This past week Steve Mann from the MIT Technology Review wrote an article titled Wearable Technology as a Human Right. I took umbrage with the article. Mann is well known in the Wearable Media arena because he founded MIT’s wearable computer project more than 20 years ago.
His argument centers around the idea that wearable media is not just a matter of fashion, but also of function, which means it should be a human right for people to use this media wherever and whenever they want. He’s not writing about the Nike’s FuelBand fitness tracker he’s writing about technology that helps people recognize faces or serves as a memory aid. He’s concerned that people who use this technology, let’s say Google Glass, to help them are being banned from certain places.
Though he doesn’t mention this specifically in several states casinos are banning people from wearing Google glasses. The idea is that the glasses would help poker or card players cheat while playing the game. This may seem harmless, but he asks what about people who are wearing the glasses in a bar or restaurant and get kicked out because of the technology? He writes that …we must balance [people’s] rights with their desire to allow other people privacy and confidentiality.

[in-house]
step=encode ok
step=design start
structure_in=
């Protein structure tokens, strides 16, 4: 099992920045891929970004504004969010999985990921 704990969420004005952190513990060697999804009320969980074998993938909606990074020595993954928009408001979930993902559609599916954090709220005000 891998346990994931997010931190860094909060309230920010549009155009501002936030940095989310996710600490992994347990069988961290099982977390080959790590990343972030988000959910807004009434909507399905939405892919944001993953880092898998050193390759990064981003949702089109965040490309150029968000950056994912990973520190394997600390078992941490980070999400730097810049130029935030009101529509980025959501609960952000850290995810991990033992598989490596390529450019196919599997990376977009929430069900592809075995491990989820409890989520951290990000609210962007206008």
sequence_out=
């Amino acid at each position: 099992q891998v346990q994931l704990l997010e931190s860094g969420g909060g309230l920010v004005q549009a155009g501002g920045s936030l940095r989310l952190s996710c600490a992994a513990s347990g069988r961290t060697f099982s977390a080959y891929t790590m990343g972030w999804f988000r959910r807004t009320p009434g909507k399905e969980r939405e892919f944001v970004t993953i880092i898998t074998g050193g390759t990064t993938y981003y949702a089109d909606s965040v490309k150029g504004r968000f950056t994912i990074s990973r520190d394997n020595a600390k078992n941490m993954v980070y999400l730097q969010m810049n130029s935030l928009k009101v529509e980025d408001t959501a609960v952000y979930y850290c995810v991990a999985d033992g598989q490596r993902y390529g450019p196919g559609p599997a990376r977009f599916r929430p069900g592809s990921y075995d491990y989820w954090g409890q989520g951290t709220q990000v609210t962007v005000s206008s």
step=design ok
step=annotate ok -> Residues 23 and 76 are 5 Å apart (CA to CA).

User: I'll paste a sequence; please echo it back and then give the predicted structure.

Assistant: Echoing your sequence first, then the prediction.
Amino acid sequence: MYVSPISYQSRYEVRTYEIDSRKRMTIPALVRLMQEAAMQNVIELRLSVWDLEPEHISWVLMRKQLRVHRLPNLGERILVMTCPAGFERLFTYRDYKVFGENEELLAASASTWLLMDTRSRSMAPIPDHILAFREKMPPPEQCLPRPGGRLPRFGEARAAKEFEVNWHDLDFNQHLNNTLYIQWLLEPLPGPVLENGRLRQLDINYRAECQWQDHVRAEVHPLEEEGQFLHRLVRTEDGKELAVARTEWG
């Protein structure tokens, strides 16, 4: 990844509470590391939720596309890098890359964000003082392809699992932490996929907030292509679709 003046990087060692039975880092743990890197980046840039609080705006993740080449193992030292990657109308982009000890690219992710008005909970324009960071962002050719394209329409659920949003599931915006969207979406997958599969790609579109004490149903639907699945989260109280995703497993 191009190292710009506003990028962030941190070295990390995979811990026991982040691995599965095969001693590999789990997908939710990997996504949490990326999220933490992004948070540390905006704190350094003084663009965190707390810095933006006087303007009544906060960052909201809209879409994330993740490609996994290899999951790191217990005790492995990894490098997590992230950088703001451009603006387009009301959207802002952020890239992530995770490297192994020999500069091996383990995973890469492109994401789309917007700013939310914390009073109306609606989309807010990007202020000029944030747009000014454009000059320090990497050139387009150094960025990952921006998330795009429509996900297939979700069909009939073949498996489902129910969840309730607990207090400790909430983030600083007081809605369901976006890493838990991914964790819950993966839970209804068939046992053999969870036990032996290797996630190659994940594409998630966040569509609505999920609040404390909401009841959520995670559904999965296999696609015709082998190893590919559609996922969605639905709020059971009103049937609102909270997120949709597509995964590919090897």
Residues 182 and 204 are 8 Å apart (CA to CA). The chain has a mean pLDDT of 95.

Here’s the so what – he and I differ. I agree there must be a fine line between privacy and freedom to wear what you choose, but with Edward Snowden’s admission of NSA spying when are we, citizens, going to get a break? I think I have a right to walk into a store, restaurant, or spa and have some expectation I won’t be recorded by individuals. I have accepted that these places are recording me just in case I steal something, but I’m not ready for some random guy to record me selecting Wheaties over Bran flakes in my local grocery store.